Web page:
Say 'No!' to Obama's extortion
At the end of 1995 and stretching into January 1996, the federal government “shut down” because of an impasse between President Clinton and House Republicans led by then-House Speaker Newt Gingrich. The issue was increased taxes vs. less spending. Sound familiar? The government reopened when a bipartisan agreement was reached to balance the budget by 2003. It wasn't — for reasons that included, but were not limited to, two wars. Now the national debt is racing toward an unsustainable $17 trillion.
This time around it isn't about closing government. It's about “sequestration,” which President Obama, the Democrats and their big media toadies are styling as economic Armageddon.
On Tuesday, after another vacation and a round of golf with Tiger Woods, President Obama appeared in the Eisenhower Executive Office Building next to the White House. Behind him on risers, looking like a church choir but without the robes, were his usual Greek chorus of potential victims should Republicans cut spending by a single dollar.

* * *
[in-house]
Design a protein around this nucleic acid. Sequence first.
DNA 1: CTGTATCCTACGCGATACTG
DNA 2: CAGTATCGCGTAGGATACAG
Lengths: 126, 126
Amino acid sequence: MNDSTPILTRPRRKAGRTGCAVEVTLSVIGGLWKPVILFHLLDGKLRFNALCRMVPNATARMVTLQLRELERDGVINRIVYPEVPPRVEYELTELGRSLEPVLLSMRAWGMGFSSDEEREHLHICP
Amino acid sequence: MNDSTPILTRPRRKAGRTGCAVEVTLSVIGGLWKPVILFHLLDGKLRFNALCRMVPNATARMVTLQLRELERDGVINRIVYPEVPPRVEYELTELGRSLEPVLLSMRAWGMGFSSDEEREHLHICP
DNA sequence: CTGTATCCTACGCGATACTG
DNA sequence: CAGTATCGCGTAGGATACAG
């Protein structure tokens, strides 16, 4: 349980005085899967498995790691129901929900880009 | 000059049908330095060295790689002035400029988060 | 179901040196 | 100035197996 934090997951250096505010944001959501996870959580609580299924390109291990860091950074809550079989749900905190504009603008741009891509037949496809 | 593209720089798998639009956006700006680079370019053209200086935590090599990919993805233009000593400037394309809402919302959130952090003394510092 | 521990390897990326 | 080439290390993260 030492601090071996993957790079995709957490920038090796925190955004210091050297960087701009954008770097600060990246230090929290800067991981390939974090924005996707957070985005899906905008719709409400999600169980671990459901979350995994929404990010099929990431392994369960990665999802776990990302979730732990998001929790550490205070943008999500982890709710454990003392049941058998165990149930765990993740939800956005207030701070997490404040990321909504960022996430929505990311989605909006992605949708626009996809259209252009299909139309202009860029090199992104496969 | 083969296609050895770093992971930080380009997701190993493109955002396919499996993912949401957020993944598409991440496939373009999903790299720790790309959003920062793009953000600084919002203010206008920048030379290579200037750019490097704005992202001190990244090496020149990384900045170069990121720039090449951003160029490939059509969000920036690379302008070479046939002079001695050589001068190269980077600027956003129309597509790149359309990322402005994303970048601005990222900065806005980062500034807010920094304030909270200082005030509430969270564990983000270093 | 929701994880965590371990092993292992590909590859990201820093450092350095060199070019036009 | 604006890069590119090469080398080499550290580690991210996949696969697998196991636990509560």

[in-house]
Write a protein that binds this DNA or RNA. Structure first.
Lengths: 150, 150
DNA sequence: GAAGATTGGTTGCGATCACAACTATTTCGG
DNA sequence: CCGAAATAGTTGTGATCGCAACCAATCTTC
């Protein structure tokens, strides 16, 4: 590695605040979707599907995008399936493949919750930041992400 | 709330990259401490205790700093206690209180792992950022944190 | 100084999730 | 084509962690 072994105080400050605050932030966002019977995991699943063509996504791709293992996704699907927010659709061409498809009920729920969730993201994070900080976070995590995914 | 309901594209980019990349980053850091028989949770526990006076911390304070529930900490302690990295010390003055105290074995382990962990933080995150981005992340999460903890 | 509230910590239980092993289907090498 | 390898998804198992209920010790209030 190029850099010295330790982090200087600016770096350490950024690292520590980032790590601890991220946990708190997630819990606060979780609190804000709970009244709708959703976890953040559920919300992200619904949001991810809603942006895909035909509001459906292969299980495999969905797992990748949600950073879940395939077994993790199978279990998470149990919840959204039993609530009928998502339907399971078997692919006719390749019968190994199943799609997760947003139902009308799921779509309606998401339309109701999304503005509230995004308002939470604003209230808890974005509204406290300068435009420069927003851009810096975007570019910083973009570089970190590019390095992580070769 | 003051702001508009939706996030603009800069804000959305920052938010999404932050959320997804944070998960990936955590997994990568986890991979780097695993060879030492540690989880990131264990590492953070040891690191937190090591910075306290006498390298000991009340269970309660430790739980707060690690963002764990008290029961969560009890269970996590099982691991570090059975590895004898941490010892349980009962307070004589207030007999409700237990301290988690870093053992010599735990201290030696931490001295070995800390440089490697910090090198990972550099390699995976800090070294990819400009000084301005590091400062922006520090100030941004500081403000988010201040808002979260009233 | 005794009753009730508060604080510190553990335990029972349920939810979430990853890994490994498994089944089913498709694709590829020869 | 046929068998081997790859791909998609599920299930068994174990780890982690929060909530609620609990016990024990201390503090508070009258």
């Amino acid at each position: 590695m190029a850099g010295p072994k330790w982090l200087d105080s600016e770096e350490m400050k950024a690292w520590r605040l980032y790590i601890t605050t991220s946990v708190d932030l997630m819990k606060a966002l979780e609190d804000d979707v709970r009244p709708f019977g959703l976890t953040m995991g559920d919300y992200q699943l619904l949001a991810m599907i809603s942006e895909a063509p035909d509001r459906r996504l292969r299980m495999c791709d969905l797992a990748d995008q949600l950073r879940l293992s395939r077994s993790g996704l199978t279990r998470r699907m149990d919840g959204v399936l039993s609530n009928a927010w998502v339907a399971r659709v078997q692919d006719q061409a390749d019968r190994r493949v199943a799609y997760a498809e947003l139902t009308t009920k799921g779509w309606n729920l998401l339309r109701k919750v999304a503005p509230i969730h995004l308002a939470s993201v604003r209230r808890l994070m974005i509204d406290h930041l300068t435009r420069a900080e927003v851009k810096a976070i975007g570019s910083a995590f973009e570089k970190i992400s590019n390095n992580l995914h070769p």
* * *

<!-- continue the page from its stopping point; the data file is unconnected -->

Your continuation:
The president said the cuts from sequestration would be “brutal” if lawmakers allow “this meat cleaver approach to take place.”
Military readiness would be hurt, he claimed. Investments in energy curtailed, medical research impaired, teachers laid off (I wasn't aware the federal government paid teacher salaries) and emergency responders idled.
Once again, the president offered up the old bait and switch: “targeted spending cuts” along with “closing tax loopholes.”
As has happened before, if Republicans agree to this (which they had better not if the party is to survive), they'll likely get inconsequential “cuts,” if they get any at all, but tax hikes will occur right away. More importantly, any new revenue will likely not reduce the debt because Democrats in Congress are noted for spending new revenue and they won't deal with the major reason for the debt: entitlements.